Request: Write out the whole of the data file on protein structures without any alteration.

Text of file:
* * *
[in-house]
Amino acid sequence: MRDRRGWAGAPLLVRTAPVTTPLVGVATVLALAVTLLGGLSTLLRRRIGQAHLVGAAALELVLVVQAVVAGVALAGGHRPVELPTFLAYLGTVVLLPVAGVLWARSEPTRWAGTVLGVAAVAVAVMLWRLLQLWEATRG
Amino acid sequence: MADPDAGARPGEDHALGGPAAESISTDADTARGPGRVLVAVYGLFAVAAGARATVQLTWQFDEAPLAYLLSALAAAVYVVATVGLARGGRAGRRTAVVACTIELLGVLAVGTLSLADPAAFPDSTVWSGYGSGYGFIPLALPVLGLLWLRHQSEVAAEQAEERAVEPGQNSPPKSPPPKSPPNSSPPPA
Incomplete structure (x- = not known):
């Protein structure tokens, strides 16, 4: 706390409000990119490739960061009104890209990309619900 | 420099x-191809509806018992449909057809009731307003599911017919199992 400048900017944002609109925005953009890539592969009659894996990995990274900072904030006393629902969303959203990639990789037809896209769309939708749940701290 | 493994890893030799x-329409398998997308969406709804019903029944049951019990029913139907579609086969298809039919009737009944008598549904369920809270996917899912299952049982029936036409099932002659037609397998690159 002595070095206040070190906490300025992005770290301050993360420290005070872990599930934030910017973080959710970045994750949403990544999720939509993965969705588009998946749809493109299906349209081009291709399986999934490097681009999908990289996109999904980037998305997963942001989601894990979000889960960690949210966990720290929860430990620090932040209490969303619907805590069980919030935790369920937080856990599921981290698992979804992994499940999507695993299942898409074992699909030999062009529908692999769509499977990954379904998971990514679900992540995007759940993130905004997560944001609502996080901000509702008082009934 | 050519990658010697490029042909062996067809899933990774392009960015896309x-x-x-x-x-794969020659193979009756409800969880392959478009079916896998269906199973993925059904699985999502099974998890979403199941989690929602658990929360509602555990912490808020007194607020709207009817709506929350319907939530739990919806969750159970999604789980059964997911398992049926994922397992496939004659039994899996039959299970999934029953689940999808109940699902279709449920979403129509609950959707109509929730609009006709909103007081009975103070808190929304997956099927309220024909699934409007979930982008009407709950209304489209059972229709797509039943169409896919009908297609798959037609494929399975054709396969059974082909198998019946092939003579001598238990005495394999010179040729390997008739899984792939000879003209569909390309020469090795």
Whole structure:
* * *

[in-house]
Amino acid sequence: MRDRRGWAGAPLLVRTAPVTTPLVGVATVLALAVTLLGGLSTLLRRRIGQAHLVGAAALELVLVVQAVVAGVALAGGHRPVELPTFLAYLGTVVLLPVAGVLWARSEPTRWAGTVLGVAAVAVAVMLWRLLQLWEATRG
Amino acid sequence: MADPDAGARPGEDHALGGPAAESISTDADTARGPGRVLVAVYGLFAVAAGARATVQLTWQFDEAPLAYLLSALAAAVYVVATVGLARGGRAGRRTAVVACTIELLGVLAVGTLSLADPAAFPDSTVWSGYGSGYGFIPLALPVLGLLWLRHQSEVAAEQAEERAVEPGQNSPPKSPPPKSPPNSSPPPA
Incomplete structure (x- = not known):
């Protein structure tokens, strides 16, 4: 706390409000990119490739960061009104890209990309619900 | 420099x-191809509806018992449909057809009731307003599911017919199992 400048900017944002609109925005953009890539592969009659894996990995990274900072904030006393629902969303959203990639990789037809896209769309939708749940701290 | 493994890893030799x-329409398998997308969406709804019903029944049951019990029913139907579609086969298809039919009737009944008598549904369920809270996917899912299952049982029936036409099932002659037609397998690159 002595070095206040070190906490300025992005770290301050993360420290005070872990599930934030910017973080959710970045994750949403990544999720939509993965969705588009998946749809493109299906349209081009291709399986999934490097681009999908990289996109999904980037998305997963942001989601894990979000889960960690949210966990720290929860430990620090932040209490969303619907805590069980919030935790369920937080856990599921981290698992979804992994499940999507695993299942898409074992699909030999062009529908692999769509499977990954379904998971990514679900992540995007759940993130905004997560944001609502996080901000509702008082009934 | 050519990658010697490029042909062996067809899933990774392009960015896309x-x-x-x-x-794969020659193979009756409800969880392959478009079916896998269906199973993925059904699985999502099974998890979403199941989690929602658990929360509602555990912490808020007194607020709207009817709506929350319907939530739990919806969750159970999604789980059964997911398992049926994922397992496939004659039994899996039959299970999934029953689940999808109940699902279709449920979403129509609950959707109509929730609009006709909103007081009975103070808190929304997956099927309220024909699934409007979930982008009407709950209304489209059972229709797509039943169409896919009908297609798959037609494929399975054709396969059974082909198998019946092939003579001598238990005495394999010179040729390997008739899984792939000879003209569909390309020469090795």
Whole structure: